# just some unreadable code to make a point pd.DataFrame(columns=pd.DataFrame(insp.get_columns('owners'))[['name']].T.reset_index().iloc[1::]).set_index('id')
In other words: We need a set of Series objects that we fill up with data that makes sense for each column. OK, let’s rebuild it step by step (or better to say: column by column). To keep it simple, we ignore the database specific data types in this example.
The first trick is to fill the index (the later “id” column aka primary key) with the amount of data that is requested. We set the amount already at the beginning of the notebook and simply use it here. We use the built-in range method for generating a continuous stream of numbers from 1 to the requested number of owners +1. We need to shift the lower and upper bound because the primary keys for our database starts at 1.
owners = pd.DataFrame(index=range(1,AMOUNT_OWNERS+1)) owners.head()
Next, we set the name of the index column to id. This is just a minor correction to store the data more easily in the database later on.
Alright, let’s generate some first names with Faker. We sample via the map function of the index (which is not very performant, but will do for now).
owners['first_name'] = owners.index.map(lambda x : fake.first_name()) owners.head()
We repeat that for all the other columns with the appropriate data.
owners['last_name'] = owners.index.map(lambda x : fake.last_name()) owners['address'] = owners.index.map(lambda x : fake.street_address()) owners['city'] = owners.index.map(lambda x : fake.city()) owners['telephone'] = owners.index.map(lambda x : fake.phone_number()) owners.head()
|1||Eric||Mann||28236 Danielle Track||East Nicholaston||(882)917-5347×3716|
|2||Cathy||Mullen||87654 Lewis Spurs||Jasonshire||1-189-763-2384×16254|
|3||Barbara||Miller||63860 Reed Cliff||East Kristin||1-065-041-3835|
|4||Kevin||Conley||909 Christian Manors||Jasonville||726-589-8897×948|
|5||James||Payne||74424 Oscar Court||Colintown||055-423-8490×95700|
The generation of this table was very easy. Let’s see what’s next!
Fake “Types” (of a pet)
Each owner has a pet of a specific type.
So we need a DataFrame like this:
# just some unreadable code to make a point pd.DataFrame(columns=pd.DataFrame(insp.get_columns('types'))[['name']].T.reset_index().iloc[1::]).set_index('id')
We need some animal names for generating the pet’s type table. Unfortunately, Faker doesn’t provide such data. Luckily, after one Google search, someone placed a list of animals on the World Wide Web. We just read that data with Pandas as an index.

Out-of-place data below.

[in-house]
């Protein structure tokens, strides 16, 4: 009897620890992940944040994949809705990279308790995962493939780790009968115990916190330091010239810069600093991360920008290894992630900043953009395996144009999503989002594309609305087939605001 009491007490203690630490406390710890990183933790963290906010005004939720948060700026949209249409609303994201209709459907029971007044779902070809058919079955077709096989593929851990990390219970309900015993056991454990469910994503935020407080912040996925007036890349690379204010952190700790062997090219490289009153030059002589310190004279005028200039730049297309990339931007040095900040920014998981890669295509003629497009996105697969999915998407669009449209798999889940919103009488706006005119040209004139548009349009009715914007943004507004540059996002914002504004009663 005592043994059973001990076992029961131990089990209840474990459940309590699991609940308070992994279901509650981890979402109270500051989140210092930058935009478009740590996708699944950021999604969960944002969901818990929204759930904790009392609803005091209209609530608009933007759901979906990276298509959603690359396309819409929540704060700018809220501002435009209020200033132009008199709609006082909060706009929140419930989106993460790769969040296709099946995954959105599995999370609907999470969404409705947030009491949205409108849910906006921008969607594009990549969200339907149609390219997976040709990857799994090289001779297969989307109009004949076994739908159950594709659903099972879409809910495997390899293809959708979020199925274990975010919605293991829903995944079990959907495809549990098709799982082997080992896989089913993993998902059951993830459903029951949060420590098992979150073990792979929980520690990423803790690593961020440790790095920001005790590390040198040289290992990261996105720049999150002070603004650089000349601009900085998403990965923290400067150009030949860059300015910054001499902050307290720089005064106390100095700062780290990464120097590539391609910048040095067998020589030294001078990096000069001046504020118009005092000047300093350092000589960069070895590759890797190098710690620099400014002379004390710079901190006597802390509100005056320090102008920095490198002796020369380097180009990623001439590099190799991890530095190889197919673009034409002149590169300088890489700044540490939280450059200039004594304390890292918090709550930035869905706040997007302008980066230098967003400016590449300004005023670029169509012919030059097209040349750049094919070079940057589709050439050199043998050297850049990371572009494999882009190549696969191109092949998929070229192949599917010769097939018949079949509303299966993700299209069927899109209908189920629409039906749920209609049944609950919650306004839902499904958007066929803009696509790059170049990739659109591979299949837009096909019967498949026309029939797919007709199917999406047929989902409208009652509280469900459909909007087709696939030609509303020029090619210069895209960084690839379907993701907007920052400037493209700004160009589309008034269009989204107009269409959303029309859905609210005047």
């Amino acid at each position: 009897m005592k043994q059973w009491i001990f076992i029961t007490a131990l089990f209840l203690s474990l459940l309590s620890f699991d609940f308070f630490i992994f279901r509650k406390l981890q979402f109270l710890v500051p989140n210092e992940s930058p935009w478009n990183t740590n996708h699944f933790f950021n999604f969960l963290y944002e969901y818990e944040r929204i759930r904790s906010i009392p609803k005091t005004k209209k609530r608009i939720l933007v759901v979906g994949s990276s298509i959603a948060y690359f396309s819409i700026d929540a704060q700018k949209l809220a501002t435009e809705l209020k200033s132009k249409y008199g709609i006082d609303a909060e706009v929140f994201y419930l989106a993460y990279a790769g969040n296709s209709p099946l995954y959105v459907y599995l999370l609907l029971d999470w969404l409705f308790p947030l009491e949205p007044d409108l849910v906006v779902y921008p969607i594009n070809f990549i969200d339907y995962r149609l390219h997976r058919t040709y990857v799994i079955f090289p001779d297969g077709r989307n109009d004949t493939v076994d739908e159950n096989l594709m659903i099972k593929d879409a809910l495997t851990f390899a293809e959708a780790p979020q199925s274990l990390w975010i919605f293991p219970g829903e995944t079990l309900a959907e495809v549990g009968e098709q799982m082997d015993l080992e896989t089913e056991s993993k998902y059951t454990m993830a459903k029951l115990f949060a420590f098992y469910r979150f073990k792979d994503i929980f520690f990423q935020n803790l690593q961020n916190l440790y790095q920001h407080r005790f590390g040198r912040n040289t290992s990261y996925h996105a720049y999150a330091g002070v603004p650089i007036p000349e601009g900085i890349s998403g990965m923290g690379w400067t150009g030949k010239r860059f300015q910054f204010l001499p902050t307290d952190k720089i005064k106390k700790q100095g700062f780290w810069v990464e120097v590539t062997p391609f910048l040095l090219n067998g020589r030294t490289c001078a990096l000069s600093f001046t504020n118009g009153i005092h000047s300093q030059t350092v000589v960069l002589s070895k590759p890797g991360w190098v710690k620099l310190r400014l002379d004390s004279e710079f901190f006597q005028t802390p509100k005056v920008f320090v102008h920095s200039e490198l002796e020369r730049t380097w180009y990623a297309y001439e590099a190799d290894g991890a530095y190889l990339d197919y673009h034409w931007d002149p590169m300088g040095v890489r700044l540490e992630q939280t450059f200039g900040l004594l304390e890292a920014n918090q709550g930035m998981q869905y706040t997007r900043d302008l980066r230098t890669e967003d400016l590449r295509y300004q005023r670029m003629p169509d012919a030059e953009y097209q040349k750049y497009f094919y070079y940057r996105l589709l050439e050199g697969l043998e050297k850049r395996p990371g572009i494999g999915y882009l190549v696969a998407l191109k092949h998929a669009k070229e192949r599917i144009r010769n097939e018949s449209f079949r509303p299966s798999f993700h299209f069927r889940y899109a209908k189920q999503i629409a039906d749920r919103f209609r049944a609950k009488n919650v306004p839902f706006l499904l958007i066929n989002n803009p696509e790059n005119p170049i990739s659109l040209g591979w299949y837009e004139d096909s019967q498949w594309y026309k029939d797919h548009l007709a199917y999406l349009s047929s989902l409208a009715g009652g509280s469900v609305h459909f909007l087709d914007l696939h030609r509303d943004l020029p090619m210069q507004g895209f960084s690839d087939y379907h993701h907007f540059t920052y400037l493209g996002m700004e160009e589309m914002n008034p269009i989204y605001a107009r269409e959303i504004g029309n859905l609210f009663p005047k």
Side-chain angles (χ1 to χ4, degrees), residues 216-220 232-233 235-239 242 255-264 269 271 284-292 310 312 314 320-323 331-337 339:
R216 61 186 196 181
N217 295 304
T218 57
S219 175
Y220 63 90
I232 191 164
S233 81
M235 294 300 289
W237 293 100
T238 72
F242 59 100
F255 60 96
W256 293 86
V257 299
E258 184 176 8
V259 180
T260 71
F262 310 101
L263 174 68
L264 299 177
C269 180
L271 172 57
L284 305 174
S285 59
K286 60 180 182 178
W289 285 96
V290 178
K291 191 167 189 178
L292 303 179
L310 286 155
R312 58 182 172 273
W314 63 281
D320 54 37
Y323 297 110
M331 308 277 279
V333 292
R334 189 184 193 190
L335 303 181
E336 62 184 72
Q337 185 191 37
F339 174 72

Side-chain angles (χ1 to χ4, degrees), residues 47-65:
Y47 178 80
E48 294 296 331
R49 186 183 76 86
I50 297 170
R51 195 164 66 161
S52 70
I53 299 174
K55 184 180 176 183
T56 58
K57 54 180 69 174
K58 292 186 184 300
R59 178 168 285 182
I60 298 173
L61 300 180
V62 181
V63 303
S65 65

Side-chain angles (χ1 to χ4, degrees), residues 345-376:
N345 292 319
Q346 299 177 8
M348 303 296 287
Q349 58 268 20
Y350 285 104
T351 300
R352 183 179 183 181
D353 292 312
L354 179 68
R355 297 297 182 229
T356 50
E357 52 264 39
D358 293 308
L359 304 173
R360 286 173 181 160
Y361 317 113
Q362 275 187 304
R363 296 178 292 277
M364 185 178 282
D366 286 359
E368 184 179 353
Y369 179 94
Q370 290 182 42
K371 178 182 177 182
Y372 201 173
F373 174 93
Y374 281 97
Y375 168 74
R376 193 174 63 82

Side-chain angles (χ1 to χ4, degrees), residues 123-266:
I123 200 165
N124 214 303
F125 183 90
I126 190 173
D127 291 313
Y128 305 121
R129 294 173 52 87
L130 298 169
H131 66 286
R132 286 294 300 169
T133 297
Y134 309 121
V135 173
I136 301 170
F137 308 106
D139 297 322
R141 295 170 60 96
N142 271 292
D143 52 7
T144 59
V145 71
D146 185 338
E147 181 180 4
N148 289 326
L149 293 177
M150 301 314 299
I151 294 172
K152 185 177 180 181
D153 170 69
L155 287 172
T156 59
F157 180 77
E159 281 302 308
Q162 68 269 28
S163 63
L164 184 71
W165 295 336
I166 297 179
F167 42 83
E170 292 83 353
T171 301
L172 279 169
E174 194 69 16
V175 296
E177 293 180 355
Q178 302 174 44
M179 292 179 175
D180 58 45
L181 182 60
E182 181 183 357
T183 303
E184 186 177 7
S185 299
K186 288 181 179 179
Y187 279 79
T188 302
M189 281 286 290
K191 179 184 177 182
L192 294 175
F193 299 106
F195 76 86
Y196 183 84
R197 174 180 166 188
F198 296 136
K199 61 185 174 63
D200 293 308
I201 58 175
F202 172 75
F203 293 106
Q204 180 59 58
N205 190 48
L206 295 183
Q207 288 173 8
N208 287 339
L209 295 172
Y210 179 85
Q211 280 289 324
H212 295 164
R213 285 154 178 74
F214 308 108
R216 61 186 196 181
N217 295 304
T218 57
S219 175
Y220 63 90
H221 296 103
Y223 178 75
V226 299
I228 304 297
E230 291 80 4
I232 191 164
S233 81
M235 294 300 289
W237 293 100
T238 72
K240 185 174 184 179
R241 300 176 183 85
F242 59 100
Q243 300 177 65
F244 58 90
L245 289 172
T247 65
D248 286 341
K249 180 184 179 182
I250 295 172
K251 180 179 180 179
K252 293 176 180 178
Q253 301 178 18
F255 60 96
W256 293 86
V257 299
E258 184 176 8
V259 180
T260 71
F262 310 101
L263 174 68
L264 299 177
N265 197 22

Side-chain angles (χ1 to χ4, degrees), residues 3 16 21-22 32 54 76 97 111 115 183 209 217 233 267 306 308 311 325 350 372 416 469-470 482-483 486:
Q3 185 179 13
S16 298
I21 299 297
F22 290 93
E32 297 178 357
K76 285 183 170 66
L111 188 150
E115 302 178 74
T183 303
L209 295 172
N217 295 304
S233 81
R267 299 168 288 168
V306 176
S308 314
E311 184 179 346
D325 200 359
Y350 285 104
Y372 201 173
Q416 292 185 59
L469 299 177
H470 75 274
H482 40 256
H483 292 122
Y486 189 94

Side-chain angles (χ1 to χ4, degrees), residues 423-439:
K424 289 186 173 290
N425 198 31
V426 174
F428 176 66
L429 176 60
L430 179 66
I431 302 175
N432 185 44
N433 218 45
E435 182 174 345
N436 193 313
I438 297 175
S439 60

Note: We could have written our own specific provider for fake data, but that too much for this notebook.
Side note: I took not the raw data GitHub provides and saved it locally with a reference to the original origin (as you normally should do), but instead took the HTML pages just because I can 🙂
# loads all HTML tables from the site, but take only the first found and the second column animal_names = pd.read_html("https://github.com/hzlzh/Domain-Name-List/blob/master/Animal-words.txt")[] # set the ony column as index animal_names = animal_names.set_index(1) # remove the index name animal_names.index.name = None animal_names.head()
Now, we are getting to a key trick in generating data very efficiently: Vector operations. We have a DataFrame only consisting of an index column. Mathematically speaking, it’s a one-dimensional vector. Pandas (respectively the underlying Numpy library) is very efficient in working with these kinds of data.
There exist multiple operations that support working on vectors. What we need is to get a random amount of entries from a given data set, which is called “sampling”. Pandas DataFrame provides such a sampling function to achieve that. We use sampling to draw some entries from the animals’ data set, e. g. three different kinds:
OK, lets’ get back to the types table. We generate the index first. Here we have to be careful: It could be that one requests more pet types as there are in the animal_names dataset, but we don’t want to allow duplicates. So we limit the index with a min-function if the requested number of animals exceeds the number of animals avaliable.
types = pd.DataFrame(index=range(1, min(AMOUNT_PET_TYPES, len(animal_names))+1)) types.index.name='id' types.head()
Now we draw the animals from animal_names. We sample the number of requested pet types at once from the animal_names‘ index.
types['name'] = animal_names.sample(len(types)).index types.head()
And that’s all fake data for the pet types.
Let’s get back to some more easy data: The Pets.
We need some fake data and some ids to already existing entries from the two tables owners and types.
Let’s see if we can get some nice data looking like that Dataframe here:
# just some unreadable code to make a point pd.DataFrame(columns=pd.DataFrame(insp.get_columns('pets'))[['name']].T.reset_index().iloc[1::]).set_index('id')
pets = pd.DataFrame(index=range(1,AMOUNT_PETS+1)) pets.index.name='id' pets['name'] = pets.index.map(lambda x : fake.first_name()) pets['birth_date'] = pets.index.map(lambda x : fake.date()) pets.head()